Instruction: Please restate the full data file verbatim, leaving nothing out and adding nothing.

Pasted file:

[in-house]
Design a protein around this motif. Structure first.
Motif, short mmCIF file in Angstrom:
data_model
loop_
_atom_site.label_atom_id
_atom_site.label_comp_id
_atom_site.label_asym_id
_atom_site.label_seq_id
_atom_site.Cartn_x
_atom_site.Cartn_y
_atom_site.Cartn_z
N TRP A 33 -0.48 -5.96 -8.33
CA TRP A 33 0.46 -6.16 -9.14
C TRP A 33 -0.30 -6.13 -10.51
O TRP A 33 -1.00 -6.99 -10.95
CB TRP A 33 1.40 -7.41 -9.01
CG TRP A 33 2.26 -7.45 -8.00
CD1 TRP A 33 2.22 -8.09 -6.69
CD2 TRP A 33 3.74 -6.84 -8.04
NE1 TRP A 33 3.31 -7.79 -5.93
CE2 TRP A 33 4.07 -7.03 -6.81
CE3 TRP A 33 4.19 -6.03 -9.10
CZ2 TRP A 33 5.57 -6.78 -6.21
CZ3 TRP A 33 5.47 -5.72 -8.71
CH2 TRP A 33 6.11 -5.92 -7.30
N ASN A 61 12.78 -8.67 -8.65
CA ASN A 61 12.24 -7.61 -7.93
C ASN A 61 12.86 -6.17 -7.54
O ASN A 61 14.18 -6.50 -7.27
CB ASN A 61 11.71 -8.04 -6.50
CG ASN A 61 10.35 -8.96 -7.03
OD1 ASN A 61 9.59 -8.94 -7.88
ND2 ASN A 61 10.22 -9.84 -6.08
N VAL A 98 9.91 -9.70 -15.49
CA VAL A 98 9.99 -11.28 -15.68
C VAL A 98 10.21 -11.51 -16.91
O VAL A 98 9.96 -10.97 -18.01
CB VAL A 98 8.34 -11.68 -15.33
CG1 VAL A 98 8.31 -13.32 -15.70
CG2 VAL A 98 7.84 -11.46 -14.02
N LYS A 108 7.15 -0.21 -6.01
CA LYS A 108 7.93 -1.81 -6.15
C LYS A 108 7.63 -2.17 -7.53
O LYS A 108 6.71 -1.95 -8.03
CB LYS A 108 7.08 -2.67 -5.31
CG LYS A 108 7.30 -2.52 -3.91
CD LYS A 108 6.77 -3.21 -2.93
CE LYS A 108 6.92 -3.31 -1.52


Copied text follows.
[in-house]
Design a protein around this motif. Structure first.
Motif, short mmCIF file in Angstrom:
data_model
loop_
_atom_site.label_atom_id
_atom_site.label_comp_id
_atom_site.label_asym_id
_atom_site.label_seq_id
_atom_site.Cartn_x
_atom_site.Cartn_y
_atom_site.Cartn_z
N TRP A 33 -0.48 -5.96 -8.33
CA TRP A 33 0.46 -6.16 -9.14
C TRP A 33 -0.30 -6.13 -10.51
O TRP A 33 -1.00 -6.99 -10.95
CB TRP A 33 1.40 -7.41 -9.01
CG TRP A 33 2.26 -7.45 -8.00
CD1 TRP A 33 2.22 -8.09 -6.69
CD2 TRP A 33 3.74 -6.84 -8.04
NE1 TRP A 33 3.31 -7.79 -5.93
CE2 TRP A 33 4.07 -7.03 -6.81
CE3 TRP A 33 4.19 -6.03 -9.10
CZ2 TRP A 33 5.57 -6.78 -6.21
CZ3 TRP A 33 5.47 -5.72 -8.71
CH2 TRP A 33 6.11 -5.92 -7.30
N ASN A 61 12.78 -8.67 -8.65
CA ASN A 61 12.24 -7.61 -7.93
C ASN A 61 12.86 -6.17 -7.54
O ASN A 61 14.18 -6.50 -7.27
CB ASN A 61 11.71 -8.04 -6.50
CG ASN A 61 10.35 -8.96 -7.03
OD1 ASN A 61 9.59 -8.94 -7.88
ND2 ASN A 61 10.22 -9.84 -6.08
N VAL A 98 9.91 -9.70 -15.49
CA VAL A 98 9.99 -11.28 -15.68
C VAL A 98 10.21 -11.51 -16.91
O VAL A 98 9.96 -10.97 -18.01
CB VAL A 98 8.34 -11.68 -15.33
CG1 VAL A 98 8.31 -13.32 -15.70
CG2 VAL A 98 7.84 -11.46 -14.02
N LYS A 108 7.15 -0.21 -6.01
CA LYS A 108 7.93 -1.81 -6.15
C LYS A 108 7.63 -2.17 -7.53
O LYS A 108 6.71 -1.95 -8.03
CB LYS A 108 7.08 -2.67 -5.31
CG LYS A 108 7.30 -2.52 -3.91
CD LYS A 108 6.77 -3.21 -2.93
CE LYS A 108 6.92 -3.31 -1.52